Corsa CEO remains bullish on economy
Many people have been watching the stock market closely for the past two weeks, going from dread to relief and back to dread again in the span of a few days. George Dethlefsen, CEO of Corsa Coal Corp., offered a reassuring message to people living in Somerset County, where the company employs a large number of people.
“The stock market has been on a 10-year bull run, fueled in large part by the most accommodative monetary policy in history — zero percent interest rates and aggressive monetary stimulus for the entirety of the Obama Administration years,” Dethlefsen wrote in an email. “The Federal Reserve is now raising interest rates, which constricts money flow and lowers economic growth rates. The stock market is responding to that. Employment levels, GDP growth, and consumer confidence remain very high as a result of favorable, pro-business Trump Administration policies.”
Corsa Coal Corp., based in Canonsburg, has around 400 employees, the bulk of whom are in Somerset County and Garrett County, Maryland. This year, Corsa completed the ramp-up of the Acosta Deep Mine, which opened in 2017, made significant progress on the development of the Horning mine east of Somerset, developed the northeastern reserve base at the Casselman mine and completed a face mining equipment upgrade cycle.
That move will reduce capital expenditures in the coming years while also reducing repair and maintenance expenses and improving productivity, according to a news release from the company.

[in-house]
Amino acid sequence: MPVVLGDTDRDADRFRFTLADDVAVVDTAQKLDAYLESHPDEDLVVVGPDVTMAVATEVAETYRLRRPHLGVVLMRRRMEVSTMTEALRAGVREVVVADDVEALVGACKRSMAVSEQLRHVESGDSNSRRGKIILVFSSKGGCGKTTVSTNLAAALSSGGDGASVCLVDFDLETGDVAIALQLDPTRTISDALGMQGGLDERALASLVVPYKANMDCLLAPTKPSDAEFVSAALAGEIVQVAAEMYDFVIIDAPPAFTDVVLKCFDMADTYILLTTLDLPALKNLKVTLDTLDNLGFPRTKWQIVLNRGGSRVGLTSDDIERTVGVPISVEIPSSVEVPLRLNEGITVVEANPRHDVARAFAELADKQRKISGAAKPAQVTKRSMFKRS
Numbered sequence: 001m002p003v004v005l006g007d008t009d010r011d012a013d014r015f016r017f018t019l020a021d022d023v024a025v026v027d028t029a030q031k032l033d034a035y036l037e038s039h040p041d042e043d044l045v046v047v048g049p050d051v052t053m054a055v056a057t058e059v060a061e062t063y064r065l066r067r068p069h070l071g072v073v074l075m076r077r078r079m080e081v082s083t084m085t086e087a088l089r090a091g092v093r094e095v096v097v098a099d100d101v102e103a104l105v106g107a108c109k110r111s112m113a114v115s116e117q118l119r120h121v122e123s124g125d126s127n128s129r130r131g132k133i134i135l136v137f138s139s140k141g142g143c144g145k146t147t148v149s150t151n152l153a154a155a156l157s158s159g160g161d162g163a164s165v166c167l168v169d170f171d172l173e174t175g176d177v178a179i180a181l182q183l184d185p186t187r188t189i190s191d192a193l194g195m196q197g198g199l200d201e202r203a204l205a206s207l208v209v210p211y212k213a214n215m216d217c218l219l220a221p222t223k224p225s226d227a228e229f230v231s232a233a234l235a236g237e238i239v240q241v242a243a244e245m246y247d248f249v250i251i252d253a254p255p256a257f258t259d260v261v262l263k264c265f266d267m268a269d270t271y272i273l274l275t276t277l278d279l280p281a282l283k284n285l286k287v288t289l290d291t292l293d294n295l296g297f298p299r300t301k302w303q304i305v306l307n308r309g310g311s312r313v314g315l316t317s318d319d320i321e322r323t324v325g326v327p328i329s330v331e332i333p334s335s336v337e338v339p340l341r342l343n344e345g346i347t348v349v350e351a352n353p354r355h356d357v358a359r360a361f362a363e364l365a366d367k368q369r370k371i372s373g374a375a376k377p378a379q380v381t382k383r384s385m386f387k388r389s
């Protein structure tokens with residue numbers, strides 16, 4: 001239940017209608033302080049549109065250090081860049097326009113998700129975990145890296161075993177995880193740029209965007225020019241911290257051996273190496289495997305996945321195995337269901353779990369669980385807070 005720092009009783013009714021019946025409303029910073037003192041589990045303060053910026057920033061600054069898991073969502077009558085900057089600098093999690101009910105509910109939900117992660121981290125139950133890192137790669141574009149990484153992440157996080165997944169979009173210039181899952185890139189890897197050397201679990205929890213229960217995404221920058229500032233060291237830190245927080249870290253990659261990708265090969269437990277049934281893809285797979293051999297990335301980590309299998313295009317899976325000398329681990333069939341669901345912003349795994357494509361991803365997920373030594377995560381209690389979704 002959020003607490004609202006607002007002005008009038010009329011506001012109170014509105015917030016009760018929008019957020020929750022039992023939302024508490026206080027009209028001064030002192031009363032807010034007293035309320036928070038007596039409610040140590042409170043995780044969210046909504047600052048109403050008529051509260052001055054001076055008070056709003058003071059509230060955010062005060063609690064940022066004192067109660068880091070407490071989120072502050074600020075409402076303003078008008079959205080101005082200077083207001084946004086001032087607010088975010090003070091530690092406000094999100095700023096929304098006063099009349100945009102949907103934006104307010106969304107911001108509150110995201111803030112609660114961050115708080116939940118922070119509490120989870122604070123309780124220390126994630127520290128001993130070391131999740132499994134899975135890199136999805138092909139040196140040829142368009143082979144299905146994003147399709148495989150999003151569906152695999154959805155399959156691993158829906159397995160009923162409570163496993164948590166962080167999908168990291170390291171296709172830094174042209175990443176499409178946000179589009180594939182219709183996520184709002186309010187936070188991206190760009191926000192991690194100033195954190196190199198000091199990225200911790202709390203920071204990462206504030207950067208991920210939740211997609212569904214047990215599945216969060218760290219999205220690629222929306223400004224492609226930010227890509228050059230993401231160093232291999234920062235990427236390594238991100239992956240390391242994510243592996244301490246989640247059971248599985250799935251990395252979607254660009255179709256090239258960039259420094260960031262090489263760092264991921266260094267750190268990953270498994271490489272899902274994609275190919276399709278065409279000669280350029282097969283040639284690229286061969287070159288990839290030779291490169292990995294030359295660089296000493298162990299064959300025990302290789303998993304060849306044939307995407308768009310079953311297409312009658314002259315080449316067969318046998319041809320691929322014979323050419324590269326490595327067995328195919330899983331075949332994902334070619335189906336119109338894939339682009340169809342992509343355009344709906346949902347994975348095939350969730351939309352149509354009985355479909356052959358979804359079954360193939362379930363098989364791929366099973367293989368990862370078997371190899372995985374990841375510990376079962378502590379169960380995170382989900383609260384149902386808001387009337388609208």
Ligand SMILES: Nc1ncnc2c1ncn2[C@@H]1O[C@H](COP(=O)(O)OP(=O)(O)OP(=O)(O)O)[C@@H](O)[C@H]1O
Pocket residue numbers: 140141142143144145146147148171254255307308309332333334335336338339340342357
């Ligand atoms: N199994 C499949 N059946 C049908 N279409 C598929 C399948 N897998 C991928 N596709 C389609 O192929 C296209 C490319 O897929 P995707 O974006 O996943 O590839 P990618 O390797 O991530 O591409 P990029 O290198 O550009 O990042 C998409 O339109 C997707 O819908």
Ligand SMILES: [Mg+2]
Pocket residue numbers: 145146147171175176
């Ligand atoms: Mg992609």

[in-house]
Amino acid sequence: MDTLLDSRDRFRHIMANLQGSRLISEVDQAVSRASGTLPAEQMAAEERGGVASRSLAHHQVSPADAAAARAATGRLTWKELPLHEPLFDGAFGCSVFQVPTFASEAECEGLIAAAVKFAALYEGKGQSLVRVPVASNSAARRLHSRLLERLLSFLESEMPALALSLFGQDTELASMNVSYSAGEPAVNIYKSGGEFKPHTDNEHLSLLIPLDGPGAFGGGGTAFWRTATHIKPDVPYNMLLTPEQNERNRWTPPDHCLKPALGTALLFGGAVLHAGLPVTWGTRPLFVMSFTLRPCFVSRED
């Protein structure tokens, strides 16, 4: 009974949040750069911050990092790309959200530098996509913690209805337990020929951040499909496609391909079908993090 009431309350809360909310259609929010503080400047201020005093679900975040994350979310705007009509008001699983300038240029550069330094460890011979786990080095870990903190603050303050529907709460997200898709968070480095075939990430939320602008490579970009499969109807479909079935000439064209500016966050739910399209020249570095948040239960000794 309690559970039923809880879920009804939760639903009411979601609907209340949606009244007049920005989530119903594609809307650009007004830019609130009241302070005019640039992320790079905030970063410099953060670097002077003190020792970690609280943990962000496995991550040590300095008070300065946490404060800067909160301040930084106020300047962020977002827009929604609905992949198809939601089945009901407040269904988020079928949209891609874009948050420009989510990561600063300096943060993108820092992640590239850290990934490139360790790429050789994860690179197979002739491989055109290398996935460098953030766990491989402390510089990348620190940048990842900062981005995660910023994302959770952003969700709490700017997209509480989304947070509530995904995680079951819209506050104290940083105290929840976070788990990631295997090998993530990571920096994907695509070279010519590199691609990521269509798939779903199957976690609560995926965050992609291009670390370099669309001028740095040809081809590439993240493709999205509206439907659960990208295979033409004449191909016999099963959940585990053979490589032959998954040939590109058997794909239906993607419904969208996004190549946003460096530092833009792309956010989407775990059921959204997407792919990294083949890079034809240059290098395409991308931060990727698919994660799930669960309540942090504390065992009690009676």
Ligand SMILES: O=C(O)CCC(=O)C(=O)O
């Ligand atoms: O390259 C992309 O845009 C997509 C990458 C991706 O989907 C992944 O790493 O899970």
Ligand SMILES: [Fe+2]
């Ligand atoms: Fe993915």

Additionally, it divested the thermal coal-producing Central Appalachia division to become purely a metallurgical coal producer. That type of coal is used to produce steel and metal. Dethlefsen forecast metallurgical coal sales to increase by 33 percent in 2019, as the Casselman and Acosta mines produce at full capacity and as they ramp up the Horning and Schrock Run mines.
Dethlefsen addressed some other issues that have been on people’s minds lately, including the weather. Climatologists have speculated that the wet and warm weather has been a product of climate change brought on by excessive carbon emissions. Many scientists across the globe have argued against the use of coal altogether. Dethlefsen offered his analysis.
“It’s the height of absurdity to suggest that the coal industry is responsible for increased rainfall or delayed fall foliage in Somerset County this year, or any year,” he wrote in an email. “The earth has a 5 million year track record of variations in climate and this year’s weather is just a tiny micro-sample of that history. CO2 represents 0.04% of the earth’s atmosphere and 90%+ of CO2 emitted into the atmosphere doesn’t come from man’s contributions. Coal emissions are a tiny fraction of C02 levels. The United States uses about 5% of the coal used globally. Corsa produces less than 1% of the coal produced in the United States.”
While many in the county, including those in the agricultural sector, have complained about President Donald Trump’s tariffs, which resulted in a trade war with China, Dethlefsen said they have benefited his company.
“The tariffs have led to a renaissance in the steel industry in the United States,” he said. “Corsa has increased its sales to domestic customers for 2019 and metallurgical coal prices are at 10 year highs domestically.”
Dethlefsen remains bullish about the future of coal in the county, country and world.